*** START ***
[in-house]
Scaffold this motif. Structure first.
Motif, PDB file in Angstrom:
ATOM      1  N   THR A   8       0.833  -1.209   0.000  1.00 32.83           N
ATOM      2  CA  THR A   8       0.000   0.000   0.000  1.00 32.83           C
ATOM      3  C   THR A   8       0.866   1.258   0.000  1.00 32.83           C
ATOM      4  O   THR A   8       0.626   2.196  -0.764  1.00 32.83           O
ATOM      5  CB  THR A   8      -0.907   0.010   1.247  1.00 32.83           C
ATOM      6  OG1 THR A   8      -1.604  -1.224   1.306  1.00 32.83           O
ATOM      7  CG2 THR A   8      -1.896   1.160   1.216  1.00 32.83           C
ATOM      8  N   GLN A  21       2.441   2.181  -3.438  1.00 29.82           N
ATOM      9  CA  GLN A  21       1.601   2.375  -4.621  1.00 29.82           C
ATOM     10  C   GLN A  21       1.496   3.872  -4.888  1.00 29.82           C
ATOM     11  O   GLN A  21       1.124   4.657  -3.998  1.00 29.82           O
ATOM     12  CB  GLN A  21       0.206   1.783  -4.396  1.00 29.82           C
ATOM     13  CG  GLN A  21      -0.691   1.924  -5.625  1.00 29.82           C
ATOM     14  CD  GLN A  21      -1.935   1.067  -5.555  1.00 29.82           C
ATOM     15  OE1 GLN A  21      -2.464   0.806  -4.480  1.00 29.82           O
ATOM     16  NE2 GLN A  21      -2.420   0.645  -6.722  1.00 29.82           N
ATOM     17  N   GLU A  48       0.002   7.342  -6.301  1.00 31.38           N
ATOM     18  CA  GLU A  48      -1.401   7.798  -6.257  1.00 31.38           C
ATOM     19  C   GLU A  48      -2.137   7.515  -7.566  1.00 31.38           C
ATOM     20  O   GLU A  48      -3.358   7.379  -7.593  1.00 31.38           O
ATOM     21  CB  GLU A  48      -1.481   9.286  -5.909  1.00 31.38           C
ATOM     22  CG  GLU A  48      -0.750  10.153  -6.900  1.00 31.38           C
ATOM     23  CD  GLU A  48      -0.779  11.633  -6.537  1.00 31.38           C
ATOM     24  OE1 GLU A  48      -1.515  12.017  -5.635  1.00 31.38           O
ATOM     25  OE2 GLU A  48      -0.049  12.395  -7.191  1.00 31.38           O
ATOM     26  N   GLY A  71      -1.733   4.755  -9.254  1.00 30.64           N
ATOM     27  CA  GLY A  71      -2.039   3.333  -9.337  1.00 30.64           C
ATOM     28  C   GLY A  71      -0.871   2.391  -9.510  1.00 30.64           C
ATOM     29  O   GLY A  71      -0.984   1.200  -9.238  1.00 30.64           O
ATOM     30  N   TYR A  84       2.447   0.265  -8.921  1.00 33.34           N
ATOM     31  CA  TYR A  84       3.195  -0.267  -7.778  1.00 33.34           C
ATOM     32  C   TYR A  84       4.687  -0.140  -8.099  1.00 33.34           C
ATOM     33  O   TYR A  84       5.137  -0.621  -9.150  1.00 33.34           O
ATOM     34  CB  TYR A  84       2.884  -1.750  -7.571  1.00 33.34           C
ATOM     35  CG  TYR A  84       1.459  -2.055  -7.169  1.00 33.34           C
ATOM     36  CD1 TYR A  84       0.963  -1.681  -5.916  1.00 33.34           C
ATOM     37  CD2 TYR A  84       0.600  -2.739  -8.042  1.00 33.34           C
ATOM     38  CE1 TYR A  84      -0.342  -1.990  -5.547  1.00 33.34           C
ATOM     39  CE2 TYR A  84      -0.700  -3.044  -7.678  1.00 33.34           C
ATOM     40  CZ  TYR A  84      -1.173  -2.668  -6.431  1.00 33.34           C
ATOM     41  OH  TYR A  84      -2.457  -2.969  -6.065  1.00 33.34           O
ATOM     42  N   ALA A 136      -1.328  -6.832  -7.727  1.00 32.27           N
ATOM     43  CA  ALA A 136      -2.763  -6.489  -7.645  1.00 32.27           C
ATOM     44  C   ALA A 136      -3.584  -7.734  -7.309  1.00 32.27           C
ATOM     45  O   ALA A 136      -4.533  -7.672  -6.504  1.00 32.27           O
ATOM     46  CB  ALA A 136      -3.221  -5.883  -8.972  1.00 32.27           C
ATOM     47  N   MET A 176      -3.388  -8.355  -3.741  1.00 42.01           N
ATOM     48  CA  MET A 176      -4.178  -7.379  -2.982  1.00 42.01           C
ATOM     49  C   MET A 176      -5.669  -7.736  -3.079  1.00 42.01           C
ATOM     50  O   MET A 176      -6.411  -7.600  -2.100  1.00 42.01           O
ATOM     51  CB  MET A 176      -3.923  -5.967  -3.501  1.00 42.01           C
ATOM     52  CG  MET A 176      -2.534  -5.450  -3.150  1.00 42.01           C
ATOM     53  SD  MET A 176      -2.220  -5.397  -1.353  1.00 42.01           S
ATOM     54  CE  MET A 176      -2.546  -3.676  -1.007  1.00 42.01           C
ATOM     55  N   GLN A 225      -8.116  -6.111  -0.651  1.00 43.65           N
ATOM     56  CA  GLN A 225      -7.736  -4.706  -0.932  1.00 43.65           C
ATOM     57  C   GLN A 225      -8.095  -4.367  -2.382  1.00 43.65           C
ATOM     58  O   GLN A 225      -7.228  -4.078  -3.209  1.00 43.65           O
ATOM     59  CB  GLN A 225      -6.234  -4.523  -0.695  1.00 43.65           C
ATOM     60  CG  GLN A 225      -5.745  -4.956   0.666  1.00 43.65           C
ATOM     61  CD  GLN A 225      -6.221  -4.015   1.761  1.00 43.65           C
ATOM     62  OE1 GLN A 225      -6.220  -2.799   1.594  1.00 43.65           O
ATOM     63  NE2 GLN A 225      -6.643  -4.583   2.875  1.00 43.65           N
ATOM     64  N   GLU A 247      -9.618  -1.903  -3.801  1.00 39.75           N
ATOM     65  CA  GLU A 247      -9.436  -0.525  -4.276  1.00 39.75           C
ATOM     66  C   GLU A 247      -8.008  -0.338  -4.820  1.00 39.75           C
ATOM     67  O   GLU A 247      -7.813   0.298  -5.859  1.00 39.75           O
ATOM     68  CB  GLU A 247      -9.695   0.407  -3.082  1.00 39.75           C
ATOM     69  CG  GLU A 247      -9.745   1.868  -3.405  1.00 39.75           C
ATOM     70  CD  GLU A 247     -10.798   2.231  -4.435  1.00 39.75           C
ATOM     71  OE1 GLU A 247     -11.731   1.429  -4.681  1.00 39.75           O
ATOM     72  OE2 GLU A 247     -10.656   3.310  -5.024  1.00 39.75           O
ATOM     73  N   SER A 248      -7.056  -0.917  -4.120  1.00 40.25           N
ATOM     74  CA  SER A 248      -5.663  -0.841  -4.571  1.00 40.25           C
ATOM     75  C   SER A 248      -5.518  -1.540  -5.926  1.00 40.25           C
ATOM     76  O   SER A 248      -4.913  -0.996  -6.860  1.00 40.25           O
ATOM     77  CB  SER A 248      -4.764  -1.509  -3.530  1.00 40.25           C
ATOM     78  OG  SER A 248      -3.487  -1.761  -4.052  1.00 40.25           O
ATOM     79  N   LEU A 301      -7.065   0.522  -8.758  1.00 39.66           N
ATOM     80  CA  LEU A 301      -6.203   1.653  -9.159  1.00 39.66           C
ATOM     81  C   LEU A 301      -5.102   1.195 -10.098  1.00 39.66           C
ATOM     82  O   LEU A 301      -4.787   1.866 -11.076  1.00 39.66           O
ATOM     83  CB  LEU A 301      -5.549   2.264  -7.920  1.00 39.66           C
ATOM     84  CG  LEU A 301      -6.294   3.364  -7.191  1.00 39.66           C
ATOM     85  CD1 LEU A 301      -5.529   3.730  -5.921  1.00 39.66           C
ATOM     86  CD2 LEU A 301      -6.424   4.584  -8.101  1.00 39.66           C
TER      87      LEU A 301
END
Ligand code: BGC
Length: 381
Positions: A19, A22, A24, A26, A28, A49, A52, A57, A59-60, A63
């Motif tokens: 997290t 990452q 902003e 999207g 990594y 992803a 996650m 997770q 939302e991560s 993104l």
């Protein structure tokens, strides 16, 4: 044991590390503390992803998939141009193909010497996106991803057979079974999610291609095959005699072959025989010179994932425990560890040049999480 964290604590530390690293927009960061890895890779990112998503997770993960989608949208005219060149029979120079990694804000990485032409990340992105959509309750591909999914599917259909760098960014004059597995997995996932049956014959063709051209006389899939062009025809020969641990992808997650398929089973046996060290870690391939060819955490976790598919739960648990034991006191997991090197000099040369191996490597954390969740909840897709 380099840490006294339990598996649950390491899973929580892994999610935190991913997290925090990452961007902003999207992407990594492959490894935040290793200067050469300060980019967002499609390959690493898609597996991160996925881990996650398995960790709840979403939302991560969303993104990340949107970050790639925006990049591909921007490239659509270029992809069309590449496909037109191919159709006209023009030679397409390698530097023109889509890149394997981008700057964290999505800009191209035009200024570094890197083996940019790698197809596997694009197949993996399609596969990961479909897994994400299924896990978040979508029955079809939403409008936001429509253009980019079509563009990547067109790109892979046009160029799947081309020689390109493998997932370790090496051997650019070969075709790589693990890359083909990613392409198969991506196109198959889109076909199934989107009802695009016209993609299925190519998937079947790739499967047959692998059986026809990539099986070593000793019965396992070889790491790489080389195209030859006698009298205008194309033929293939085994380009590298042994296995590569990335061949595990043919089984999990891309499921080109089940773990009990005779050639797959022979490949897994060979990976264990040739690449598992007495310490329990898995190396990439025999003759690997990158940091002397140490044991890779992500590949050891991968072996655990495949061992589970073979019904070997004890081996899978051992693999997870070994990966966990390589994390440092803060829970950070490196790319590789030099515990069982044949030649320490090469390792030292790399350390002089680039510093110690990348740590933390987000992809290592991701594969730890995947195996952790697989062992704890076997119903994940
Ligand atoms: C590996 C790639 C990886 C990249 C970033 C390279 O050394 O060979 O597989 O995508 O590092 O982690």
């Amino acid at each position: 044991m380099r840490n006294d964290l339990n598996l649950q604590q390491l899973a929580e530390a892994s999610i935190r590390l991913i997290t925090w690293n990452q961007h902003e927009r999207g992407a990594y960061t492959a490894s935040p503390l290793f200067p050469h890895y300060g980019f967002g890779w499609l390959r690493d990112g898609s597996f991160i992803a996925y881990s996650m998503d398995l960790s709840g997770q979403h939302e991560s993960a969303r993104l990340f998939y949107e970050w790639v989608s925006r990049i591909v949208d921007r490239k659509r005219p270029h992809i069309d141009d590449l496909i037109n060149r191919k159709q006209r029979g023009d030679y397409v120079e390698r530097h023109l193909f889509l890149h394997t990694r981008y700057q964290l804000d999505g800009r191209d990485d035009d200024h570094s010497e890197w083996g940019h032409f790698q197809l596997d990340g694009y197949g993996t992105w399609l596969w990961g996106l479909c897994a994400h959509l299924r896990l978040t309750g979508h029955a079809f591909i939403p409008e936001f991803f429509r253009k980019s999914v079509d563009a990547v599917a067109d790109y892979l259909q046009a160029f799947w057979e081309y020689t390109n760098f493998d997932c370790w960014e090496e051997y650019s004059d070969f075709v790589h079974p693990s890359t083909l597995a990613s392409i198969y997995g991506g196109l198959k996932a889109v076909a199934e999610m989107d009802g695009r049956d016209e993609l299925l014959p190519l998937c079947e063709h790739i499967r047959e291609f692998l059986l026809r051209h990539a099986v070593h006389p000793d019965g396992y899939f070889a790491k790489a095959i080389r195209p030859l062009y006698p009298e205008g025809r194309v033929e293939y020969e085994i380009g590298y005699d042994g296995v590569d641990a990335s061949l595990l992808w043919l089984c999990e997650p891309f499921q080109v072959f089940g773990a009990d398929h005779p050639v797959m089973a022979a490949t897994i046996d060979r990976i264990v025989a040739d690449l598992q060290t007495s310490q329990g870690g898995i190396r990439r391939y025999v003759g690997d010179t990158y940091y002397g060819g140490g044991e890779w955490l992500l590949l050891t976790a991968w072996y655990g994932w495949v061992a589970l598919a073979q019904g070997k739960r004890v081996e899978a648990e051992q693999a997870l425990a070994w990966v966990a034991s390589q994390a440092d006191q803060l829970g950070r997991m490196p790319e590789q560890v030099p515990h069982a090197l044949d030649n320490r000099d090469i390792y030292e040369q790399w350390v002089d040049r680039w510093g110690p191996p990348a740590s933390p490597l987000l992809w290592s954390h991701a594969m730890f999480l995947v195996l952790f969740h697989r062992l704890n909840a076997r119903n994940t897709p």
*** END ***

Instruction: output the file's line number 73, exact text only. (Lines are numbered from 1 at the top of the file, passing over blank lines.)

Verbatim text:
ATOM     70  CD  GLU A 247     -10.798   2.231  -4.435  1.00 39.75           C